Beat Those Creepy Crawlies With These Terrific Smartphone Apps Now!

We all know about how those spiders and snakes have been on the planet for zillions of years and how it is us that are living in their environment, but sometimes you have to make a stand against them! Depending on what part of the country you live in, there can be an awful lot of these annoyances popping over to your home without so much as an invitation. The problem with snakes and spiders is the possibility of them being dangerous, as if their freaky shape wasn’t enough, they usually have a nasty old bite as well! So we’ve got a few Smartphone Apps here that can actually help hapless homeowners to check out the ID of their latest gatecrashers. We’ve also got a rather cute game review onboard as well, just to relieve any stress these varmints may have caused you Enjoy!


Poisonous Snake Identification Free

With regards to having any venomous snakes, Canada is fairly lucky compared to the USA, but there are still some bad boys out there. It has been known for rattlesnakes to be found in the south and we all know about how crazy they tend to be. You’ll also get Milk snakes and Gopher snakes in south-western Ontario. Well the good news is that this App will help you to ID these if you are unlucky enough to cross their paths. You can also identify any non-venomous snake with this application and there’s a nice little fact file on each species. We’d like to point out that dangerous snakes are not actually ‘poisonous’ but they are venomous! If you happen to find a viper or rattlesnake in your garden or home, never attempt to catch the snake. They can kill you and the venom is extremely painful, usually causing massive tissue damage even when death does not occur. Instead of this, you should contact a registered pest control company who specialise in dealing with these animals. If you see a non-venomous snake in your garden, the best advice is to leave it be. These usually feed on rats and mice and would prefer to be left alone if possible.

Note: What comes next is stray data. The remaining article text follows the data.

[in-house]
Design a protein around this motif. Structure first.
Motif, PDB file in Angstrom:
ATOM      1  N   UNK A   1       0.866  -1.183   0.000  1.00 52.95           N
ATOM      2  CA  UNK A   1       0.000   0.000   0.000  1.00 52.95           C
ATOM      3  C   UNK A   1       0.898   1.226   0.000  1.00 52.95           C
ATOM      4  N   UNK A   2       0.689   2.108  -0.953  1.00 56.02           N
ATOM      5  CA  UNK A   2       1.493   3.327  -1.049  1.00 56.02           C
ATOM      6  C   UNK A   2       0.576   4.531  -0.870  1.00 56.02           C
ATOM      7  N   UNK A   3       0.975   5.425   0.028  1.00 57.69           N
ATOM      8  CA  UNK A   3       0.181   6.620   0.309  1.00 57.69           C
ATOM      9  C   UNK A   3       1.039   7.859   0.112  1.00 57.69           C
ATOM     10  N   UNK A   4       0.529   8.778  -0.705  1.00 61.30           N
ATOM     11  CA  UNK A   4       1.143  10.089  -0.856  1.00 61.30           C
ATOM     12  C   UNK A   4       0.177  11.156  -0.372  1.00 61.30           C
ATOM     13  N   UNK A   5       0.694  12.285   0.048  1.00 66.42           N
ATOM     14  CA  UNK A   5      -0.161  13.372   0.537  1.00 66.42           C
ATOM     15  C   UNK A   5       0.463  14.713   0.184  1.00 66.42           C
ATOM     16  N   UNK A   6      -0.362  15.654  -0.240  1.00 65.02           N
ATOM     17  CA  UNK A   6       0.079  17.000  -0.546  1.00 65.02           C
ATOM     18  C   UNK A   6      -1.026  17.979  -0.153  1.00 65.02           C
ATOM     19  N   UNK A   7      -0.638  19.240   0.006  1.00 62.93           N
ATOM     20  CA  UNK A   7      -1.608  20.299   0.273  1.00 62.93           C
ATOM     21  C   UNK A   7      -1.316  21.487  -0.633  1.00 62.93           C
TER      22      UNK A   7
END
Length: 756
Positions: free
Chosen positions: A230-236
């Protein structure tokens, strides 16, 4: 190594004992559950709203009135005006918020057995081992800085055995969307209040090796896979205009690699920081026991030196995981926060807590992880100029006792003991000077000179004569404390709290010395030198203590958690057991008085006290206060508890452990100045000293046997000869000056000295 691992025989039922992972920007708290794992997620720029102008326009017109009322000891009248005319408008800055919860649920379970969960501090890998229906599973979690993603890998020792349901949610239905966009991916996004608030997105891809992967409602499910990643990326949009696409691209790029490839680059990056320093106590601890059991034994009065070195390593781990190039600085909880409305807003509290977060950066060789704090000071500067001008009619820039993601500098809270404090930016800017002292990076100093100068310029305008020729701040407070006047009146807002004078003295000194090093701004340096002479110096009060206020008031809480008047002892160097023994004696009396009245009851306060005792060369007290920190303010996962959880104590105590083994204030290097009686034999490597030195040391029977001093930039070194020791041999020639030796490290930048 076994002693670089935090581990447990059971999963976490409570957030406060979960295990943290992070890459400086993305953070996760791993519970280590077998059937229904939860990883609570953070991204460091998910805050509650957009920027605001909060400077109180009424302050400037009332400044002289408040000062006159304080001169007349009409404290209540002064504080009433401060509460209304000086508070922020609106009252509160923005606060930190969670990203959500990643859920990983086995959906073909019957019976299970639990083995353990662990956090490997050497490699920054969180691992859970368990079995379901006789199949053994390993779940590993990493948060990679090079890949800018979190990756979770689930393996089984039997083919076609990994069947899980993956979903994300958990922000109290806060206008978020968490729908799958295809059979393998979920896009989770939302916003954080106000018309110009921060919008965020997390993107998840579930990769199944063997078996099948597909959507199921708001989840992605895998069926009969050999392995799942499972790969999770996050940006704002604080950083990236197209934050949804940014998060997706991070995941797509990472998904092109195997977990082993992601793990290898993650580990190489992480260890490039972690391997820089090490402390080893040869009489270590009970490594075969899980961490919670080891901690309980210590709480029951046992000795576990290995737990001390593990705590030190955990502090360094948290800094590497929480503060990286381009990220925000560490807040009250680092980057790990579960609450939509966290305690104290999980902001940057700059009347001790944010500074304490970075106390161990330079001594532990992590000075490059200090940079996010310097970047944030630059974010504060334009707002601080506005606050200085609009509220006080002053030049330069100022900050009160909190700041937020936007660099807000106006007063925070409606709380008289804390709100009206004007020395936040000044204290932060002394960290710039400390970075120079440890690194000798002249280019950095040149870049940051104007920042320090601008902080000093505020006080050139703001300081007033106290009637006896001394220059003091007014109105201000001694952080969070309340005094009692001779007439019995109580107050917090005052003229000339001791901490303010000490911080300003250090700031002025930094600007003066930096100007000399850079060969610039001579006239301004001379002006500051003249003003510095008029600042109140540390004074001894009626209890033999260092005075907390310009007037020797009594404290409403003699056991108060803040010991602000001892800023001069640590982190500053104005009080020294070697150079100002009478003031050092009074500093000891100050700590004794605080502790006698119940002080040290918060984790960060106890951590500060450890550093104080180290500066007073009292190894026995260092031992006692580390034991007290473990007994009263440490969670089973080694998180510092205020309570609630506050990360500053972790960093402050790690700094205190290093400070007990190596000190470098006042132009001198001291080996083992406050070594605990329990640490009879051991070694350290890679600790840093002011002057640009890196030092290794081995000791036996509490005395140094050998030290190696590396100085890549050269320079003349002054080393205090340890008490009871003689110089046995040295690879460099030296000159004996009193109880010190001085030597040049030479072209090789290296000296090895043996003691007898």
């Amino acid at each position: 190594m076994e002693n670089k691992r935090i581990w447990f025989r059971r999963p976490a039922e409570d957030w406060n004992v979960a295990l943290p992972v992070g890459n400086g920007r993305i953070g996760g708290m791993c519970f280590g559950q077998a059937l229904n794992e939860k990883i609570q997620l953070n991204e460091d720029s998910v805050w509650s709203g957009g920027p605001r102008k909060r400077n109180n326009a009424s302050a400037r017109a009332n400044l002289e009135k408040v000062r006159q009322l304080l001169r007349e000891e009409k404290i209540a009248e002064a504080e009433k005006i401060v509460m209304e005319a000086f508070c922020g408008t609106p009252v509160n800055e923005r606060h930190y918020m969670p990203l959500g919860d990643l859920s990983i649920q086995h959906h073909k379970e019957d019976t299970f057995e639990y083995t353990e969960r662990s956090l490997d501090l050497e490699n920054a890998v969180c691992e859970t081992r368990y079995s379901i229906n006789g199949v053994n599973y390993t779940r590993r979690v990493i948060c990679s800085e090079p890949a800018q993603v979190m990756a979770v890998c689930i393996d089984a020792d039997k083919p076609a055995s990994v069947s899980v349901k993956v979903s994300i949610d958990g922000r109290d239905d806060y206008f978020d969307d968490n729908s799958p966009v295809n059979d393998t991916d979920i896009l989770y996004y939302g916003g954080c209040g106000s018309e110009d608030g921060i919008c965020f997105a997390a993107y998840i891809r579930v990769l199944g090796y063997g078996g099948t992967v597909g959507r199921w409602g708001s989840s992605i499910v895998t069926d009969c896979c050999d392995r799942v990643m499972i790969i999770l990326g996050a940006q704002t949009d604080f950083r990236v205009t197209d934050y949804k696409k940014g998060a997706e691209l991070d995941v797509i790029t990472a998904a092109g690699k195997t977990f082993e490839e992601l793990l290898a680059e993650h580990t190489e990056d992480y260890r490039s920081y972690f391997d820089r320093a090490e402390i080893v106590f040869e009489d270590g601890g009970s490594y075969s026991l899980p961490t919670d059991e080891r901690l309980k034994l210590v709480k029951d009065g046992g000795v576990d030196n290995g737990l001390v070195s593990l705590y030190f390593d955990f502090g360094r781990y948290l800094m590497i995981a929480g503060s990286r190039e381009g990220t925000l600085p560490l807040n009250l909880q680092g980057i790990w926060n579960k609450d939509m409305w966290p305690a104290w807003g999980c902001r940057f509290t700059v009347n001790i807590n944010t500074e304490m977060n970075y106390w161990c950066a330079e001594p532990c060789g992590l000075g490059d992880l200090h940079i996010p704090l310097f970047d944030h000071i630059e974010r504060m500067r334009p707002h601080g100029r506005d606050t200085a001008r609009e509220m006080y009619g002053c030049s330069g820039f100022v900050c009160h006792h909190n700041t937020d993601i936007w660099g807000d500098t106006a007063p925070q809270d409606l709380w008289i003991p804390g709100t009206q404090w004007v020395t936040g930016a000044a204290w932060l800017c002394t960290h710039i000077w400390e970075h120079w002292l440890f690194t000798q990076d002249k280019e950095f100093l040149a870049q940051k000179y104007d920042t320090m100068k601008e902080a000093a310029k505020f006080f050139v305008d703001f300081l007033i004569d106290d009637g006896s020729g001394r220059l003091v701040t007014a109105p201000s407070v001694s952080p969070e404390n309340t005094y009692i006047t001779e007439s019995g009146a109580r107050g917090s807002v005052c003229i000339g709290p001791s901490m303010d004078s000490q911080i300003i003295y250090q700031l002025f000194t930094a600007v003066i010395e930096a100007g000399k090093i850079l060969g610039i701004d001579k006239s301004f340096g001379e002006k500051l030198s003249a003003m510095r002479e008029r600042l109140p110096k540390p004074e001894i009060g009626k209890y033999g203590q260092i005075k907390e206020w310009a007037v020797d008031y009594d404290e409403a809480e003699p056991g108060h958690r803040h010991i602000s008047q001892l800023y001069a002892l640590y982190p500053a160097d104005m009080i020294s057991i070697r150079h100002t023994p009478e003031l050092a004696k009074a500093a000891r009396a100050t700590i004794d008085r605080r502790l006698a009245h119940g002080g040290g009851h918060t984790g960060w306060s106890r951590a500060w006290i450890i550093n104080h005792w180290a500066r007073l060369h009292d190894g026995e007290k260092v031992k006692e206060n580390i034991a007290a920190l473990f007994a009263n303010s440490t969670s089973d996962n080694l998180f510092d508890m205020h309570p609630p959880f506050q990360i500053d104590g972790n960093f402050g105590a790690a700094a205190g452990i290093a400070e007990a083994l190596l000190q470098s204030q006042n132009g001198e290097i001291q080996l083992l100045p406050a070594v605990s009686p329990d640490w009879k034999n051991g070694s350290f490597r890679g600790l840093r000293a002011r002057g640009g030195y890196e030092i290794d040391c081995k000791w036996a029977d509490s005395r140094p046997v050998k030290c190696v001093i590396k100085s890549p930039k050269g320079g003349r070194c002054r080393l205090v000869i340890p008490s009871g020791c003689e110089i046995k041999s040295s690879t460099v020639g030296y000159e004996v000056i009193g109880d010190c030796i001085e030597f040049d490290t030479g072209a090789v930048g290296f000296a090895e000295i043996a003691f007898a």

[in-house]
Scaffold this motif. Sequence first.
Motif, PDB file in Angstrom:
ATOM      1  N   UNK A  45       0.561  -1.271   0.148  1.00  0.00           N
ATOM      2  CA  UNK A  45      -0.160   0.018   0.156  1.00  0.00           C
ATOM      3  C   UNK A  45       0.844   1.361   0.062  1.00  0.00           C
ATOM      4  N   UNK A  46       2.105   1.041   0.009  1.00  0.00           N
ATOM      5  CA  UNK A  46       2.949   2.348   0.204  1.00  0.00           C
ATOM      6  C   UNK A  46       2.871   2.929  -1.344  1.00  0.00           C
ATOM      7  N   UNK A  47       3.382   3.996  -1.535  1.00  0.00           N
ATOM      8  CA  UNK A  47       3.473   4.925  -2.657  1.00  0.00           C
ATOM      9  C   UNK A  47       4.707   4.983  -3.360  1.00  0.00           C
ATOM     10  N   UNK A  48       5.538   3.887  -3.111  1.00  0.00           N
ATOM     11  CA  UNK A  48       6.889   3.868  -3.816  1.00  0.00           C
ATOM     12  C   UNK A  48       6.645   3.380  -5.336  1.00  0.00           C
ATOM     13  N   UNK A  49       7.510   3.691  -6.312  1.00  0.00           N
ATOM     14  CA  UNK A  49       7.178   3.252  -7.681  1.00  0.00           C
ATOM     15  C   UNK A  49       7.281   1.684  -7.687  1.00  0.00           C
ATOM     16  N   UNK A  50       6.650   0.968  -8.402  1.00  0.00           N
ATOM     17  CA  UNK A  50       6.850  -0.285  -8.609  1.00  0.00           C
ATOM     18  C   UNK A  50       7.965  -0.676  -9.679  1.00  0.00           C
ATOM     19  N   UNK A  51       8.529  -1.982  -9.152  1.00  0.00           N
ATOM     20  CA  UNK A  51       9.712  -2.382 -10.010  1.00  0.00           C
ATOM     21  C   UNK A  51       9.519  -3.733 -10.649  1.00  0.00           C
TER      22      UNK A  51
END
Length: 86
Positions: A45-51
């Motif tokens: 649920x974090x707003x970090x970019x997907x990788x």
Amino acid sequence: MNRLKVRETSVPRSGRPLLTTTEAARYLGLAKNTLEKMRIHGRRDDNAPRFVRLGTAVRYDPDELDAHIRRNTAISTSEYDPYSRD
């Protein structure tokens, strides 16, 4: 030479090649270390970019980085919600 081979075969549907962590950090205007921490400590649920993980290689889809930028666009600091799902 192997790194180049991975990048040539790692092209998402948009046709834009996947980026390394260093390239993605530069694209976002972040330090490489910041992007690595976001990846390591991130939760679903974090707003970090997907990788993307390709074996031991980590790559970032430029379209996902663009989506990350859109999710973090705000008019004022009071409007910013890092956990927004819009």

Audubon Insects & Spiders $2.99

Our second pest ID App is an all Android affair and what a find this one is, especially considering the huge contents and features onboard. Audubon Insects & Spiders is all about those creepy crawlies we find in Northern America and boy are they covered in force right here! Did you know that we have over 500 species of insects and spiders in our country and 510 of the most common ones are included in the App? This App has already been downloaded over 1 million times and it is not hard to see why that is the case. There are hundreds of beautiful digital photographs in the database and the connecting information is just as impressive. If you have a spider or insect in your home and it isn’t covered by the Audubon guide, we suspect you have an illegal immigrant with 6 or 8 legs in your property. The search facility is extremely easy to use and we reckon that a 5 year old could ID the insect or spider without any big issues. In fact, this App is so good that we’d recommend it for any nature fan regardless of the insect and spider population in their homes!

Spider Bite By Sno Apps – $0.99

This App will run on your iPhone, iPod Touch and iPad and it requires iOS 3.0 or later for smooth running. Okay, this is not going to help you deal with that huge black spider or those darn cockroaches, but it will raise a smile and give you a chance to relax for a change. The game itself is incredibly addictive and not altogether easy to master. Essentially you are required to run away from the hideous spider and as each of the 15 levels changes, the escape becomes more frantic. We spent a good hour on this App and were unable to get past level 5, but maybe that’s just us!

Pest Free?

We hope that the first 2 Apps will help you to ID those snakes and siders and maybe the 3rd one will improve your reaction time somewhat!

Author Bio: Nancy Baker

Nancy Baker, the author of this article, is a freelance blogger who is currently writing for Peregrine General Pest Control Inc., leading pest control skunks in Calgary. She loves nature and she visits various national parks on weekends. You can also follow her on Twitter @Nancy Baker.

The DNetWork s Team